Tuesday, June 10, 2008

A couple of long Necks

ABC's website is taking off in a number of directions.

One of them is in streaming music videos from Radio National shows like Music Deli. There are 2 long-pieces by the instrumental trio The Necks up here. [Audio only is also accessible.]

The Necks are three improvising musicians who work traditional instruments - piano, double bass and drums/percussion - into polytemporal dialogues where a fragment of difference in the eternal return of the same can insinuate itself into the conversation, lodge itself there and slowly turn a motiff or pattern inside out. Necks pieces unfold slowly. Instensifying around tensions that arise, organically.

If music is prophecy, as Jacques Attali asserts, then this is a future that sounds like neoliberal globalisation has alternatives that are heterotemporal, yet not arrhythmic or isorhythmic, but able to be harmonised: eurhythmic.

Necks sequences are long forms - often a minimum of 45 minutes - that work against the timespace compressions of instantaneous digital finance capitalism and its hit and run raids on the future.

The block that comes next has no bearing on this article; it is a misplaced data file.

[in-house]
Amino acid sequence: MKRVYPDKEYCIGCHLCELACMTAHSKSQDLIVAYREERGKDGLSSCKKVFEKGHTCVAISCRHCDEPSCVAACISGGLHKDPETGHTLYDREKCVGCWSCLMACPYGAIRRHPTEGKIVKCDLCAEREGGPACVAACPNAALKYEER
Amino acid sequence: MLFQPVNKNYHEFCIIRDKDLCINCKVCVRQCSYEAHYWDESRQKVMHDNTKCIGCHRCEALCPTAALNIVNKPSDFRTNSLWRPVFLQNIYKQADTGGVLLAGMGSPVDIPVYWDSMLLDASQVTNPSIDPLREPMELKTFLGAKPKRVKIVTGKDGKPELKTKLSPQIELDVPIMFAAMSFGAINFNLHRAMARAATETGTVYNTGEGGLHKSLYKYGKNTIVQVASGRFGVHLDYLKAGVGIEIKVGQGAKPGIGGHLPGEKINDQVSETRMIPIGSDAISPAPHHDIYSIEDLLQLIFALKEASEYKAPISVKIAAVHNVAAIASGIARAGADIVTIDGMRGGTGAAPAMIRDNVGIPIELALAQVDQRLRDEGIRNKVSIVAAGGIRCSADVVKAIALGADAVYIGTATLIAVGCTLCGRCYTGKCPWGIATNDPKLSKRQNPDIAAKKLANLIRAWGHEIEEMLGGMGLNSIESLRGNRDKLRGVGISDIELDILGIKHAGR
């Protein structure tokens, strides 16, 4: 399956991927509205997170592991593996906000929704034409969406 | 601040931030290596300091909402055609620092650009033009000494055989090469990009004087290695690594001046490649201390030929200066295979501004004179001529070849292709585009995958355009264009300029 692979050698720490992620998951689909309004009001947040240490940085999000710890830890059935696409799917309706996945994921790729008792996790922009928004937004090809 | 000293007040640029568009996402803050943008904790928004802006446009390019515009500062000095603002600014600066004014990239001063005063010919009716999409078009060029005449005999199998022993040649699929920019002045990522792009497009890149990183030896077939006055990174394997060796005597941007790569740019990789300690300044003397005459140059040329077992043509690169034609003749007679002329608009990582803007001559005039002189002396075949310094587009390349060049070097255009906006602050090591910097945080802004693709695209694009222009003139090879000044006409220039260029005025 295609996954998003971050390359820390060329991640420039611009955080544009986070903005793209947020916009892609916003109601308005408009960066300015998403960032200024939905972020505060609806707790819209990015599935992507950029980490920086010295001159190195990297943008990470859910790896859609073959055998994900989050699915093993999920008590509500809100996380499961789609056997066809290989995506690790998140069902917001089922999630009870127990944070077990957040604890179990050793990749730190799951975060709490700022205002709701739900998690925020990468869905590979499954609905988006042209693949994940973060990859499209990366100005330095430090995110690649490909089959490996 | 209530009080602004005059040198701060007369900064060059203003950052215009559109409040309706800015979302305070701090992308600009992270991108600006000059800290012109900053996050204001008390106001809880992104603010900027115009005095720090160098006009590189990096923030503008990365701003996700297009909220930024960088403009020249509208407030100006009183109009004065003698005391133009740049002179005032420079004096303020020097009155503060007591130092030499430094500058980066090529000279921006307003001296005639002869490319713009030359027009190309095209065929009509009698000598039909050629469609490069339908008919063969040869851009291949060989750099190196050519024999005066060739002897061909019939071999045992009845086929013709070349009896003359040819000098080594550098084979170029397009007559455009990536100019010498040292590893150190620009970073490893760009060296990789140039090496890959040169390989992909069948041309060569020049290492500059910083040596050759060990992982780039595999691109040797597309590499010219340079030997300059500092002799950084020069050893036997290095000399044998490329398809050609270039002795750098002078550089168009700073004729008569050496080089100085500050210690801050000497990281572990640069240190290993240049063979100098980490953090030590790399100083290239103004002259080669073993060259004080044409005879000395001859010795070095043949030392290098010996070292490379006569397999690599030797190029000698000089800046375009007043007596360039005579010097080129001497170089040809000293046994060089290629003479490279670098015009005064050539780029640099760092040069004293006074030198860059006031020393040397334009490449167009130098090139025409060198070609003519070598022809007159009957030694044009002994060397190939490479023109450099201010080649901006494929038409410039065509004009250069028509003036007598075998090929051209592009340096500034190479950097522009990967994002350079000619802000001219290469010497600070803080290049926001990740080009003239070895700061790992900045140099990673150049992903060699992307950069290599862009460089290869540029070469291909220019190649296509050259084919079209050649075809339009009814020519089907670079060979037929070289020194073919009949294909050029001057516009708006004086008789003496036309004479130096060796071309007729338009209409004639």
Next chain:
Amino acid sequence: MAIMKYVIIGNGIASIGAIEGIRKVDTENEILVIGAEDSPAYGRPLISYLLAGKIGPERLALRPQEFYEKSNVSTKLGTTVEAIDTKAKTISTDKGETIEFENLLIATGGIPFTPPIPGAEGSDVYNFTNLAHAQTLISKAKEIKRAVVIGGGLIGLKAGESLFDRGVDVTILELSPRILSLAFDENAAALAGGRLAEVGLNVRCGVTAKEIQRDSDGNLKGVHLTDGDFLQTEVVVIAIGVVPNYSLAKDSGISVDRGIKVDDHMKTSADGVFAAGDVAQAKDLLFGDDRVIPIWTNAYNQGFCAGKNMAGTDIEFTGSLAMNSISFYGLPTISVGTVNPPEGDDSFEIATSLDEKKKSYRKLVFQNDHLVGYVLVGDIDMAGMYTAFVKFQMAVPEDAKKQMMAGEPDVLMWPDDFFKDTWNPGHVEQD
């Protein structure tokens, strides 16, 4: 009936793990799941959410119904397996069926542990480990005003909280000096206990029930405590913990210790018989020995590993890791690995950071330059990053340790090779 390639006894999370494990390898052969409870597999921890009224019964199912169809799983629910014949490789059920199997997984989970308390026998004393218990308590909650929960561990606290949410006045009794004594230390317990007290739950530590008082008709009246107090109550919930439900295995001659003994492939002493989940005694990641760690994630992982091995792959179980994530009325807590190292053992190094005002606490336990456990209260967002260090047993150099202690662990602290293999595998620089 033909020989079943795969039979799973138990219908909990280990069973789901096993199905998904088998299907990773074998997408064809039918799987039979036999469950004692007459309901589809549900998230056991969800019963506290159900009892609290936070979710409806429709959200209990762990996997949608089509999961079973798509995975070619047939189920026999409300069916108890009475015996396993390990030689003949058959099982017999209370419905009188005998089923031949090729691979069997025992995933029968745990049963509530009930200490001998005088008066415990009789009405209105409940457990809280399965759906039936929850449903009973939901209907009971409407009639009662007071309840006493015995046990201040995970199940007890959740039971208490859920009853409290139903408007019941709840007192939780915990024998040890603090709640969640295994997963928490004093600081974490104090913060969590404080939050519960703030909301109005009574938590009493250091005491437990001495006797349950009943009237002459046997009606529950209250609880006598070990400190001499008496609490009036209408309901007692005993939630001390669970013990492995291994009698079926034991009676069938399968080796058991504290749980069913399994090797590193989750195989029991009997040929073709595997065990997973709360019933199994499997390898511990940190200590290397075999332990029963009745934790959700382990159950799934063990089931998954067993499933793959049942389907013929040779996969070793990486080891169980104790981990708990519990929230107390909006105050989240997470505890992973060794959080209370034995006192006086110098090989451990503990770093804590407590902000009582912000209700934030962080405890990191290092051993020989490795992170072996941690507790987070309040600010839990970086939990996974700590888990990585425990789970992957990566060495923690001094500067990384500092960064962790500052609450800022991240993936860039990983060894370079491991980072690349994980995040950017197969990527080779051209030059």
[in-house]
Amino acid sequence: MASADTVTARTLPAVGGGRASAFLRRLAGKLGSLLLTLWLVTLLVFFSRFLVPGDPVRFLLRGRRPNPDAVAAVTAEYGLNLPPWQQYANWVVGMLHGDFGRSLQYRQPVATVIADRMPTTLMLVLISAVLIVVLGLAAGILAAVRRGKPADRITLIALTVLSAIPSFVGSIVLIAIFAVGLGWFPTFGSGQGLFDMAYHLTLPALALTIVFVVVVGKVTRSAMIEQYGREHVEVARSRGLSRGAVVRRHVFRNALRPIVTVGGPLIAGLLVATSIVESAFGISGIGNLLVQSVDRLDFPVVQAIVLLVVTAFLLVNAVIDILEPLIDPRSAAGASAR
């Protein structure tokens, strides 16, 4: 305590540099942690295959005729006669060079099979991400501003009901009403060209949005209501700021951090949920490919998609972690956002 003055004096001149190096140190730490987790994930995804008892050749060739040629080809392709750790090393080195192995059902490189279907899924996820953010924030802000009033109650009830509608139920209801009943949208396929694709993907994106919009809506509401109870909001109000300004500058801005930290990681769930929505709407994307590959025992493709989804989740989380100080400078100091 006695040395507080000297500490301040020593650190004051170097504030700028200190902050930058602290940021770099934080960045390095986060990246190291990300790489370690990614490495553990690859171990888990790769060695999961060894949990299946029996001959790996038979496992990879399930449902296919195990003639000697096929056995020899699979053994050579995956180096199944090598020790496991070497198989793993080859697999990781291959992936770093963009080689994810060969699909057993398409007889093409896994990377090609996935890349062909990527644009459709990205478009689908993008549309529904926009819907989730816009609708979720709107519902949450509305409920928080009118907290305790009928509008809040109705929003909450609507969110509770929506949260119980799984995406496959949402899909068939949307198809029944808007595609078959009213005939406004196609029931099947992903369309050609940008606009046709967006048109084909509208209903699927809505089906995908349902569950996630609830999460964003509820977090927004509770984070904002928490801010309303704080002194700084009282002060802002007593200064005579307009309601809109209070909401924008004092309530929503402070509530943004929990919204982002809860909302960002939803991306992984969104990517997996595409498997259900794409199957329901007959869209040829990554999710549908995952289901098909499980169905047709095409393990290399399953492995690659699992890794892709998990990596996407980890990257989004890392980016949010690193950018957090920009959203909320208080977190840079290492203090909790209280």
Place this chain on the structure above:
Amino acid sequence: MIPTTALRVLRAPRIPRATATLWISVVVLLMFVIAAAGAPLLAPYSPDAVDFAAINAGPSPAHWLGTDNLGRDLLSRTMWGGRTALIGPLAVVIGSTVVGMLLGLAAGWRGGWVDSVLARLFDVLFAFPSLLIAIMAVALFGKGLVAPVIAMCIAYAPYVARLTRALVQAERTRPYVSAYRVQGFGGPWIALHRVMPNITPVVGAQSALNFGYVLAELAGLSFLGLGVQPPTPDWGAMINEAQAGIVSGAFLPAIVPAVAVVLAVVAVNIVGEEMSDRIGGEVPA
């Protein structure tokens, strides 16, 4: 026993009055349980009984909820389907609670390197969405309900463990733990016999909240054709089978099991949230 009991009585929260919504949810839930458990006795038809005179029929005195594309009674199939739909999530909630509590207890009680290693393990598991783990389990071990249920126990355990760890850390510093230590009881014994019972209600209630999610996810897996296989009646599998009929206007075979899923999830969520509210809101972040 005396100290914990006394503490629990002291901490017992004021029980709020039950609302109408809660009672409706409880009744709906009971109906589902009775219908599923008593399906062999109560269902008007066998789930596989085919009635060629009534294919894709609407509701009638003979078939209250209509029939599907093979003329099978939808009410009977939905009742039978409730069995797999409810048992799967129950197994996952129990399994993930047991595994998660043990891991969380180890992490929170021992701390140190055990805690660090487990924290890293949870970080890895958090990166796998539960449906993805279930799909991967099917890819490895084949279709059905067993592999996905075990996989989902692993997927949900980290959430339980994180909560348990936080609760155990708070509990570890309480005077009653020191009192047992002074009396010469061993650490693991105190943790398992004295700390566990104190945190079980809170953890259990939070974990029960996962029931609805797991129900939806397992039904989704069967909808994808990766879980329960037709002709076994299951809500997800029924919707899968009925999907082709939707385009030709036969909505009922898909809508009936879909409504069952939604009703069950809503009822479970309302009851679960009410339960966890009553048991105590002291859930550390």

Listening to the Necks might be a way into hearing what our polytemporal conjuncture sounds like. A musical Generative mise en abyme where framing and embedded elements and figures are turned inside-out; where paradigms shift; and time is experienced as constellation.

They groove too.
I recommend finding a comfy chair, relaxing and opening a long neck, or two.

ps Dan Hill from City of Sound on recent Necks experience at Sydney Opera House:

They seem to me to be pursuing a form of music with real structure, inverting that hoary old epithet of Goethe ['architecture is frozen music'] and playing defrosted architecture.
That's my own peculiar interpretation of course, and perhaps influenced by the weight of the Opera House around us, but it's something about the way they 'show their workings' in their improvisations, building dense blocks from discrete motifs and with such a pronounced sense of dynamics.

Defrosted architecture!

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